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Windows Defender

Week of 18 May 2006


I'm not all too sure about what I do
I feel I've got to stop a second just to think it through
 - R Fitzsimmons

Microsoft have a new product. Relatively new. It's called Windows Defender. It's now beyond vaporware - it's betaware. For now it's free but in the end it'll cost.

You're being screwed.

Isn't Windows Defender any good? Oh yes it is - by all accounts it's a very capable spyware hunter. But it doesn't defend you. Nothing can. Not on Windows.

All Windows Defender can do is tell you after the fact that your system has been clobbered and turned into shit and that you might have to reinstall everything again.

What fun. Some defence.

It's another manifestation of Microsoft's infamous 'heroin economics': first get you addicted to something dangerous (Windows) and then make you pay through the nose to get free - except it's no fun for the pusher if you ever get free. The pusher just has to keep you believing you'll one day be free.

It's a scam.

Real Estate Agent

You're in the market for a new house. You find a classy real estate agent. They show you a great property. You could do the smart thing and come back and visit the neighbourhood at nighttime to see what kind of creeps live there but you don't do that - and with computers you can't do it anyway.

So you move in. All week long the lorries are out in front while your belongings are unloaded. Finally you're all settled and sleep for the first night in your new house.

When you wake up in the morning you find all your belongings gone. The paintings on the walls, the carpets, the jewelry, your bloody toothbrush, your wallet, your credit cards, cash, watches - the works. You're cleaned out.

You call the police, your credit card and insurance companies, and your real estate agent. The police make short order of their business; the credit card and insurance companies promise they'll reimburse you to 100%; the real estate agent is another matter entirely.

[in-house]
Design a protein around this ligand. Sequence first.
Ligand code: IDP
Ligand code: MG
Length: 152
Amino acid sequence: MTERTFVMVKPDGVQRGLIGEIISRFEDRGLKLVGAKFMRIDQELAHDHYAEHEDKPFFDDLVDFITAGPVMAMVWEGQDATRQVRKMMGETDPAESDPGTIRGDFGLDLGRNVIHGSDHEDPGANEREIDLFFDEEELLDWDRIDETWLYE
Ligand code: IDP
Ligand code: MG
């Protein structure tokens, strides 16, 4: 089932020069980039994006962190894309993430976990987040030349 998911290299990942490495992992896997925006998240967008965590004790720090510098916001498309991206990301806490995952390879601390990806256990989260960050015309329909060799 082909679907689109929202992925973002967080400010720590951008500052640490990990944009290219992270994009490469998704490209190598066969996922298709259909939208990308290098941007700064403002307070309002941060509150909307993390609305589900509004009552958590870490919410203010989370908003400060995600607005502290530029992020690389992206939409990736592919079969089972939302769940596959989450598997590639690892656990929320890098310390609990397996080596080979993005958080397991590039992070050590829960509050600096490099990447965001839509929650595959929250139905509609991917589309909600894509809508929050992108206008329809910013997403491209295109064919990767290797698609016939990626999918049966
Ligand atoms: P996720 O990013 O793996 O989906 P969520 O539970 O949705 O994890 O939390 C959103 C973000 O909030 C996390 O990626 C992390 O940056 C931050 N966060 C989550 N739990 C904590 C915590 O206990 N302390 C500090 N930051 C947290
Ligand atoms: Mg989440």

'Why didn't you tell me it was such a bad neighbourhood?' you ask the agent.

'Well it's really not that bad. All neighbourhoods are bad. This one's no worse than the rest. But we can help you protect yourself in the future.'

The real estate agent give you a line about an electronic surveillance system. The key to the system is that it has to be connected to their offices and to the police both. And that connection is a subscription. You quickly calculate that the cost of your house has doubled.

Windows

Windows is like a house in a bad neighbourhood with one subtle difference: the house has no walls, much less locks on the doors. In the world of operating systems you'd normally find successive doors at every entrance, a lock on each door, and an armed guard standing inside each one. And each time there was a knock or a scratching sound on the outside a guard would alert you and ask you how to proceed.

Real Operating Systems

Real operating systems are sometimes called 'server operating systems' because that's the way computers worked back in the old days. No one had a computer on their desk - they had a 'terminal'. The terminal was equipped with just enough RAM to hold the contents of the character mode screen display. You punched in something at the keyboard, and for every key you hit a signal was sent to the real computer most likely in another room. And that computer echoed back the characters you were typing. And when you'd finished formulating your command, you hit the Enter key and that signal too was passed onto the computer - it was the way your terminal told the computer 'do this'.